The Dark Art Gallery is located in the entrance of Nightmare Vermont at 22 Picard Circle, South Burlington. The Dark Art Gallery is open to the public and free of charge.
Contact: Wendy Farrell
To learn more about Nightmare Vermont 2011 visit NightmareVermont.org
To learn more about South Burlington Rotary visit SouthBurlingtonRotary.org
New Outdoor, Year Round Sculpture Exhibit
Oct 22nd, Saturday: 10am-4pm
Shelburne Pond Studios is please to present our 2nd Annual Grand Opening. Come support local artists who've been working all summer and who look forward to sharing what they've been up to!
Since our first grand opening last year, new artists have joined and added new energy to the studios. Also, several site specific sculptures are now set amidst the adjoining meadows.
For this opening we will be using our new front gallery, which will exhibit some of each artist's work. Refreshments & hot mulled cider will be available.
The twelve artists include: Charles Norris-Brown - portraiture & illustration, Cricket Radio - silk screen & fabric arts, Dana Dale Lee - oil painting and drawing, Elizabeth Rideout - book binding, restoration & book arts, Jill Abilock - fiber painting and artist books, Nikki King - book artist, Jenn Cullen- watercolors, Kathy Stockman stone carving & sculpture, Laurel Fulton - oil painting & giclees, Lyna Lou Nortstrom - painting, drawing, prints and mixed media, Stephanie Bush - oil painting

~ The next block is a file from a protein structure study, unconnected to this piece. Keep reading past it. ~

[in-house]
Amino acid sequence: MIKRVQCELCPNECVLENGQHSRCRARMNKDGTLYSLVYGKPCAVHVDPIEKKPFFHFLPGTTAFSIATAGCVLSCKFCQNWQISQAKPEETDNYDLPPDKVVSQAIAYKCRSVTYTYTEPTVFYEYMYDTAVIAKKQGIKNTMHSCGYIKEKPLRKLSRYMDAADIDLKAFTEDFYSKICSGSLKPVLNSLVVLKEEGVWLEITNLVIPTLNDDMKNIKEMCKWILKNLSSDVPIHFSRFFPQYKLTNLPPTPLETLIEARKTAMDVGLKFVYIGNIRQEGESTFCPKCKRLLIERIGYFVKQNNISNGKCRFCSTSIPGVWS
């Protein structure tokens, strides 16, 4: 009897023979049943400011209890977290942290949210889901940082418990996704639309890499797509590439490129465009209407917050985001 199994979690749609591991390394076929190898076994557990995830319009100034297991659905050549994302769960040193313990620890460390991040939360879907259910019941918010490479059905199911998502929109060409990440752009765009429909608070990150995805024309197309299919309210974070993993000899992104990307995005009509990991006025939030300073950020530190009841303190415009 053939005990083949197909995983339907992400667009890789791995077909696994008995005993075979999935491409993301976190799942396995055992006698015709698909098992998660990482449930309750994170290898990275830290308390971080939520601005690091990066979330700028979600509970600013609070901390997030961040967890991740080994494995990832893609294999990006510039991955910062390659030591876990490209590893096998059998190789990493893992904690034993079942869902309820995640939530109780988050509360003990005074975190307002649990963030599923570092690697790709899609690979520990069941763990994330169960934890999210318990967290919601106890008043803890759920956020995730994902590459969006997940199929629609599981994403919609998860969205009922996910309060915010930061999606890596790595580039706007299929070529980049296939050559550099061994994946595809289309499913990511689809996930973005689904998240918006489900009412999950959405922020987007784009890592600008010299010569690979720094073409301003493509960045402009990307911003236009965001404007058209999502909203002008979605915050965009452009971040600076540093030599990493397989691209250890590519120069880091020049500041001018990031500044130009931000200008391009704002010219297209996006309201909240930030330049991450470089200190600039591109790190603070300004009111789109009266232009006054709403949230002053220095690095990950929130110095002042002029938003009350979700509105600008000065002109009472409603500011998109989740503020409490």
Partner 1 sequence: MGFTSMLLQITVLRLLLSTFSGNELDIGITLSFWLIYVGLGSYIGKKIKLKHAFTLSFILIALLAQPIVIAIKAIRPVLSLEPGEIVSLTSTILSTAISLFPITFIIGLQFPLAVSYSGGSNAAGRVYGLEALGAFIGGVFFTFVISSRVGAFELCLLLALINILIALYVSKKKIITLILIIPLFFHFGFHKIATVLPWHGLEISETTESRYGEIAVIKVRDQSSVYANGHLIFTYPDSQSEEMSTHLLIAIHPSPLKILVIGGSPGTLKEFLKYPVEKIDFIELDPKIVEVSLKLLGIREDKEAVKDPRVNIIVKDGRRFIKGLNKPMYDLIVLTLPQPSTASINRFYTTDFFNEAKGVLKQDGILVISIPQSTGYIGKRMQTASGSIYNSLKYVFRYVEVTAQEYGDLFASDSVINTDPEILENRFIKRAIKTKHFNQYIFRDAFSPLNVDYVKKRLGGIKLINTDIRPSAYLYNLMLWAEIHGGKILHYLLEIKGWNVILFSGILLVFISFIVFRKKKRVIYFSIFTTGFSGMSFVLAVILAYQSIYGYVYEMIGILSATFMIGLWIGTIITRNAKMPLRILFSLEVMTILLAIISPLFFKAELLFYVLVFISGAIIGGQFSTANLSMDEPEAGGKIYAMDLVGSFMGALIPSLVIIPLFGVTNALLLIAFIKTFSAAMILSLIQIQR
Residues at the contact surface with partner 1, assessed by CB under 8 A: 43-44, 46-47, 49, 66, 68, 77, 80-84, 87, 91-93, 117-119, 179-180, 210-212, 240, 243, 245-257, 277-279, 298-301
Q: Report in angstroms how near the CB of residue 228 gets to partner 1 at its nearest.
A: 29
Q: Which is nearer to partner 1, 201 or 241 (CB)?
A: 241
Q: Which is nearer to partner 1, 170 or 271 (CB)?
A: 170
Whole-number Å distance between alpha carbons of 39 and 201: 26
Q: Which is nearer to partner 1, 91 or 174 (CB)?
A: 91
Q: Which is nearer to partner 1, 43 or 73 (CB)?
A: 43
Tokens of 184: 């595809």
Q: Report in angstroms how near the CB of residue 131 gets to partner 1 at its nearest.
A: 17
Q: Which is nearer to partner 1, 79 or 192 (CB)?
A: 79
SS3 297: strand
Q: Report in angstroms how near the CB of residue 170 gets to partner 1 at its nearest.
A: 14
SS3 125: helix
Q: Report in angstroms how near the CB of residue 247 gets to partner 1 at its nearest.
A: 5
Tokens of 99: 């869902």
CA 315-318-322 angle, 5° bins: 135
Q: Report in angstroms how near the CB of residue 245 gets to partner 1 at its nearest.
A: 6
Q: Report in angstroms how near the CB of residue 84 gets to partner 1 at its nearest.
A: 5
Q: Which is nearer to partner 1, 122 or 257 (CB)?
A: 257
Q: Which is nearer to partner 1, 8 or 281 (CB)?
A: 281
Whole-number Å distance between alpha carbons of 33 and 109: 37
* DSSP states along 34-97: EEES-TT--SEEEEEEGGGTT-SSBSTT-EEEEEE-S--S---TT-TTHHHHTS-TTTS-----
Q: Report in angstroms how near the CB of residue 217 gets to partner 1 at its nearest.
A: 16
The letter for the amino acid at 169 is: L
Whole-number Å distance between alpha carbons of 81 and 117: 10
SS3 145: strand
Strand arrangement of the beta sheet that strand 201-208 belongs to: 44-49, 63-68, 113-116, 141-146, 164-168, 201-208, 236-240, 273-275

OCT 22nd, SATURDAY: 10am-4pm
Shelburne Pond Studios: 1260 Pond Rd, Shelburne, VT
Thursday, October 13, 2011
In the tiny village that I call home there is a unique building made of red brick: the Chelsea Public Library. It shares its Romanesque Revival building with the town hall. The library building features two round turrets with finials, an arched entrance, and marble steps.
Alden Speare, born in Chelsea, helped pay for this building in 1892. Inside the library is a plaque honoring Speare and stating his goal for a perpetual free library, installed over an elaborate fireplace. It is a gem of a building and thanks to its new librarian, Nick Clemens, it has become a gem of a library.
The Chelsea library has now added art to its walls, which makes it even more lively and rich. The current exhibition is by Jim Richmond, an artist who has been painting for nearly 60 years, with a number of his paintings included in collections around the world. His work has been shown in numerous New York City galleries as well as the Dartmouth Regional Show. Most recently he taught at the Mountain School in Vershire, VT.
Richmond’s compositions, that span many years, are striking and often unexpected. A woman leaping up in the air next to a jumping horse. A duck next to a vase of geraniums. In Jackie and Legs, a boxer dog stares at the viewer from a sandy beach with a woman’s sandaled feet following behind. Dash is an oil painting of a greyhound dog in full run, careening along a field with a large unusual house in the distance. The dog is magnificent; muscular and sleek; obviously a creature built for speed. The house is partially hidden; mysterious.